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The Cross and the Pear Tree: A Sephardic Journey

The Cross and the Pear Tree: A Sephardic Journey

From Library Journal

Guatemalan writer Perera (Unfinished Conquest: The Guatemalan Tragedy, LJ 9/1/93) chronicles the history of his Sephardic family from his parents' generation back to the family's Spanish origins. He discovers many eminent ancestors. The French branch of the family boasted Jacob Pereira, the 18th-century creator of a manual alphabet and techniques of articulation for training deaf mutes; and the brothers Isaac and Emile Pereire, who introduced the railways in France and, despite great wealth, supported workers' rights and denounced child labor. In tracing his family's history, Perera discovers Christian branches of the family and believes that there may even be Muslim branches. Despite minor errors in his chapter on the Sepharad in Spain, Perera's family history is a worthy addition to the growing literature on the Sephardim. It complements Howard Sachar's Farewell Espa?a: The World of Sephardim Remembered (LJ 11/15/94). Recommended for academic libraries and public libraries with strong reader interest in this area.?Robert Andrews, Duluth P.L., Minn.
Copyright 1995 Reed Business Information, Inc.

From Booklist

Perera, who was born in Guatemala City of Sephardic Jews from Jerusalem, explores the history of his family, choosing those members whose lives illuminate important facets of the Sephardic experience. Perera traces his family back to the fourteenth century in Toledo, where the Jews were expelled from Spain in 1492. Some fled to Portugal, where the Inquisition was introduced in 1547. He probes one branch of the family that left Portugal for France in 1703, finding safe haven in Bordeaux. Perera discusses his great-great-grandfather, who wrote two books of commentaries in the 1870s, rooted in his faith in the Kabbala's prophecies. We meet his mother, a woman who spoke seven languages but often lapsed into the earthy Ladino idiom of her ancestors. Perera re-creates the life of his grandfather in an effort to reclaim his own Jewish identity. This chronicle of Sephardic culture and history is a vivid and absorbing account by a first-rate writer. George Cohen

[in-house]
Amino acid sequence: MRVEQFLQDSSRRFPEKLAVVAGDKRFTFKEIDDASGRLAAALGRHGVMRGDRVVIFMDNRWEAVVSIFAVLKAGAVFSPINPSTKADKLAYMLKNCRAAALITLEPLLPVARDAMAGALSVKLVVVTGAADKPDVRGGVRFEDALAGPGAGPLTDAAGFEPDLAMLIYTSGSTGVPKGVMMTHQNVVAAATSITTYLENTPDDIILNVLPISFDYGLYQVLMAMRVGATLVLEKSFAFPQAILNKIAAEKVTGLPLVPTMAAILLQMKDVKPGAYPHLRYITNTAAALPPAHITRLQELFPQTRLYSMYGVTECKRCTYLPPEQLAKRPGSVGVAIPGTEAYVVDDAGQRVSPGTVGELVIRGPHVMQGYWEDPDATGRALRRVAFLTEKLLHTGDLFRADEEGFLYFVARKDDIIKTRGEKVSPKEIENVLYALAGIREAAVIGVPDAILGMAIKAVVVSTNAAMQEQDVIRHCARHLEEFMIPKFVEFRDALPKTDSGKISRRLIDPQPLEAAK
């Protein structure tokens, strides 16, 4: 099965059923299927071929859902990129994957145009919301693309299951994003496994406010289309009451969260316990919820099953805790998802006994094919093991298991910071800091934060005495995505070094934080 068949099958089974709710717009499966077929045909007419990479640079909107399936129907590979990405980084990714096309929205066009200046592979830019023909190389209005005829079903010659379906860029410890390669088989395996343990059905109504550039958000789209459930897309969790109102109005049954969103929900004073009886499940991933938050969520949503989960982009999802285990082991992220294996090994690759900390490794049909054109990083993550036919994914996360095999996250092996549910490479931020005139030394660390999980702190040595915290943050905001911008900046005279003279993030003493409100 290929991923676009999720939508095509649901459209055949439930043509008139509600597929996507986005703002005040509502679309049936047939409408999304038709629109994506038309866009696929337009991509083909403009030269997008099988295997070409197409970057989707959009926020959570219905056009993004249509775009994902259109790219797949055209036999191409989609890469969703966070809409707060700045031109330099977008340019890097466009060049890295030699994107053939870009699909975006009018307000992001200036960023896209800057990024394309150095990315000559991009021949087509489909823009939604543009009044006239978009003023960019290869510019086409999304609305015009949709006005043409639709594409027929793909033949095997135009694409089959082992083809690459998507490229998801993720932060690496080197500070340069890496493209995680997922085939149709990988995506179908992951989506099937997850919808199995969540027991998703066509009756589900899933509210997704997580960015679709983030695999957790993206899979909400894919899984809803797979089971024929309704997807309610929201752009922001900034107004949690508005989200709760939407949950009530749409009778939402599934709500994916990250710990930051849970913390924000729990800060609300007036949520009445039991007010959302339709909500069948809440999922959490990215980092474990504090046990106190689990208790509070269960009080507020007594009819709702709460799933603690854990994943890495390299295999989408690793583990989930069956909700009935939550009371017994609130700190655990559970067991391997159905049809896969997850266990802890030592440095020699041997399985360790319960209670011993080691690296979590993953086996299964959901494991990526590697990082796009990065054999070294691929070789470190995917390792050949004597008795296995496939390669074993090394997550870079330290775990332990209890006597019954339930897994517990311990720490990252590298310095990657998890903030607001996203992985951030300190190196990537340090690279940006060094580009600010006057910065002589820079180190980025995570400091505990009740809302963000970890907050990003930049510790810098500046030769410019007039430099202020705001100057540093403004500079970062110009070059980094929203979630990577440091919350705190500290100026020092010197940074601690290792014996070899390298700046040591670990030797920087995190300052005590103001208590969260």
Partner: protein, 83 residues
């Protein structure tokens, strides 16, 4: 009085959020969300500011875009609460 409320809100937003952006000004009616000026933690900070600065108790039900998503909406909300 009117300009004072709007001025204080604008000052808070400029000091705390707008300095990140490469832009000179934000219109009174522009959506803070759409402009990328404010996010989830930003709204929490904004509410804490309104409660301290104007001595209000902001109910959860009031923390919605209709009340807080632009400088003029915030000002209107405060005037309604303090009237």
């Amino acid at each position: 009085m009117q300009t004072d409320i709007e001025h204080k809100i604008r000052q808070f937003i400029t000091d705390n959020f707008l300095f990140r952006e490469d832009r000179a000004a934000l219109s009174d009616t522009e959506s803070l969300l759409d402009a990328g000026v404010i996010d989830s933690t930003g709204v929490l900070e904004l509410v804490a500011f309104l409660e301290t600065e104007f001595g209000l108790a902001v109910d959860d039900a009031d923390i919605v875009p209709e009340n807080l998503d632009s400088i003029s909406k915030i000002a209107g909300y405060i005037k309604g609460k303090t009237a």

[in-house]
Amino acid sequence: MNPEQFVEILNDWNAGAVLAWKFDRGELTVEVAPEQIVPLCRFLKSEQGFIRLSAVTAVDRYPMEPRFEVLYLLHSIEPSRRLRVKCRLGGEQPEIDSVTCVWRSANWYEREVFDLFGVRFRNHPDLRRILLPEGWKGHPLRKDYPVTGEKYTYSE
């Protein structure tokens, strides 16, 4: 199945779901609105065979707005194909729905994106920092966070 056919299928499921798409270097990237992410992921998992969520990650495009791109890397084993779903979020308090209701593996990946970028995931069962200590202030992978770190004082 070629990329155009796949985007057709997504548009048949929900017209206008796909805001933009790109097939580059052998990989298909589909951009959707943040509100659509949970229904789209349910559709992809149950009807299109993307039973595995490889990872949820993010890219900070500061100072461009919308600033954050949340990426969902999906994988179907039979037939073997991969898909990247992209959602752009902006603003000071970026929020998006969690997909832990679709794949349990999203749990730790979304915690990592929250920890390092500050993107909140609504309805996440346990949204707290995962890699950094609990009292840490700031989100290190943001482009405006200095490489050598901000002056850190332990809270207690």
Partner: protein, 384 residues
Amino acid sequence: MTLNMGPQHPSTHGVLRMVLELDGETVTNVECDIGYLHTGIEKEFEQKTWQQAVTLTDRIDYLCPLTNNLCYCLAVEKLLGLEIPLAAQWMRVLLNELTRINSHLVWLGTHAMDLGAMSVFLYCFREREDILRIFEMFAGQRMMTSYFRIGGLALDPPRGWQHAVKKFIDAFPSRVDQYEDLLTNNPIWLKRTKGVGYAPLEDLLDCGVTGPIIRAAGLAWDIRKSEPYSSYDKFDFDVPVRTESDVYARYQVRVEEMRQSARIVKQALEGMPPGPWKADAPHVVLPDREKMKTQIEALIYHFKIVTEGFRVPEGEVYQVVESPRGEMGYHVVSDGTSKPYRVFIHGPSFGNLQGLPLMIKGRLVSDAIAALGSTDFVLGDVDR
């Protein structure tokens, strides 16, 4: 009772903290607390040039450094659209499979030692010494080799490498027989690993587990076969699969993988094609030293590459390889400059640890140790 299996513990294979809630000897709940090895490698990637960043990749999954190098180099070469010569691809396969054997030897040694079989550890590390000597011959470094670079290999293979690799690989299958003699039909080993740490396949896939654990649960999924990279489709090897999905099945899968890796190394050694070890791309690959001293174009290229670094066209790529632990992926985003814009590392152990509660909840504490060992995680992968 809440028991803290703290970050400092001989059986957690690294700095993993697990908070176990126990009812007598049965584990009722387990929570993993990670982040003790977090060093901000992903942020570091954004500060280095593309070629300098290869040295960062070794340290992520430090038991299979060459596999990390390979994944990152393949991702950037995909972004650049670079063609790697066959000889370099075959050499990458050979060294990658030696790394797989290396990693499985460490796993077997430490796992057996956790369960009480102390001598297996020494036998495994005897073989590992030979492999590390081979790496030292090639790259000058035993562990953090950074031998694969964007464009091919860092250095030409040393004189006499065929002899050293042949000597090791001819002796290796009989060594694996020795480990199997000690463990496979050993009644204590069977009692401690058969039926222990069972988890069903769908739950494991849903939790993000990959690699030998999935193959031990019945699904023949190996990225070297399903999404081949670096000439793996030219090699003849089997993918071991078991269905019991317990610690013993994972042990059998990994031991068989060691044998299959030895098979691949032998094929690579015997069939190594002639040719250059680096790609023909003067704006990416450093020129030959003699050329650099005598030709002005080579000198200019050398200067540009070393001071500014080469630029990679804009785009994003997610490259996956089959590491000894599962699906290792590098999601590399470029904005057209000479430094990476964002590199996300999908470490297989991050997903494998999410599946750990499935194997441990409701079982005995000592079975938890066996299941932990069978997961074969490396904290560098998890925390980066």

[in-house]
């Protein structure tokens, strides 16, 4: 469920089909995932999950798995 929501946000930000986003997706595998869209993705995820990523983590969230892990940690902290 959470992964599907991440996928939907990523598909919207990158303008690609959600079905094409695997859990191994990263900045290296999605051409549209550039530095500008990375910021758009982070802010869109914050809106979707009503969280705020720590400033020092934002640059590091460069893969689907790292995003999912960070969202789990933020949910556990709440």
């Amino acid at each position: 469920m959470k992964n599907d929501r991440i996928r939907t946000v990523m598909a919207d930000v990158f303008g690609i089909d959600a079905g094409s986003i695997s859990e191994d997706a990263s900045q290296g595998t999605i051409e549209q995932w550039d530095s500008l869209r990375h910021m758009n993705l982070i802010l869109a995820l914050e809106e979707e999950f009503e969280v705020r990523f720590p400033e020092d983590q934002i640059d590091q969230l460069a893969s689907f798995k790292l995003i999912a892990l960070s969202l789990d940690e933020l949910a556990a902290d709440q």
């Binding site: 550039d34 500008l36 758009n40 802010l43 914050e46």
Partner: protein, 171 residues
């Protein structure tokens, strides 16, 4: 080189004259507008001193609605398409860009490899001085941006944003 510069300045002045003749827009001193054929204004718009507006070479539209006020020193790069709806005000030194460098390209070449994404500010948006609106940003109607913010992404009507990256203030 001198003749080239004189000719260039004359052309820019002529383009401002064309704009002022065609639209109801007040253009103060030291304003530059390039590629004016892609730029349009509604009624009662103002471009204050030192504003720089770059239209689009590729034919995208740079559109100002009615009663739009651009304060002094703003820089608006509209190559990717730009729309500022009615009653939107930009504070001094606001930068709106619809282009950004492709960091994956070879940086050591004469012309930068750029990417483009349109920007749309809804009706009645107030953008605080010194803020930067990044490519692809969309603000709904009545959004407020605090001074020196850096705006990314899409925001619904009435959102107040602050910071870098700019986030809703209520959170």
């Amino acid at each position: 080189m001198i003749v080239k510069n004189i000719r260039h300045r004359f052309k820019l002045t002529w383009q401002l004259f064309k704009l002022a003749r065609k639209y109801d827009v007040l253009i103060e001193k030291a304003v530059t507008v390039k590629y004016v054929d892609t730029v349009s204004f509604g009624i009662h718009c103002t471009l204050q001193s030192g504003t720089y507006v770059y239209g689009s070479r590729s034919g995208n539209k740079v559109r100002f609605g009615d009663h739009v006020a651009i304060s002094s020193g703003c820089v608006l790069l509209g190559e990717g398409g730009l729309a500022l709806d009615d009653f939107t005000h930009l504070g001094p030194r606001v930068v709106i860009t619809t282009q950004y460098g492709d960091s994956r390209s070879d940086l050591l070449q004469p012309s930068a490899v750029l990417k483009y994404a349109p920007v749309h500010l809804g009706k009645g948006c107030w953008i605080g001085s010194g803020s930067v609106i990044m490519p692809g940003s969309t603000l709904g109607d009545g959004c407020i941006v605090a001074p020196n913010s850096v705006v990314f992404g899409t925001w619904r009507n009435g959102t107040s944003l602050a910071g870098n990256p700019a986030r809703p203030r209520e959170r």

Review

The multistranded narrative interweaves the authors archival research with the scholarship of classic historians of Sephardic Jewry. -- New York Times Book Review
--This text refers to an out of print or unavailable edition of this title.

From the Inside Flap

15 photographs in text.

About the Author

Victor Perera (1934-2003) was novelist and writer whose books include Rites: A Guatemalan Boyhood (1985) and The Last Lords of Palenque (California, 1986). The Cross and the Pear Tree was his best-known book.

From The Washington Post

[Perera] movingly, even brilliantly, recaptures the vibrance and tenacity of one of historys still under-acknowledged civilizations.
--This text refers to an out of print or unavailable edition of this title.

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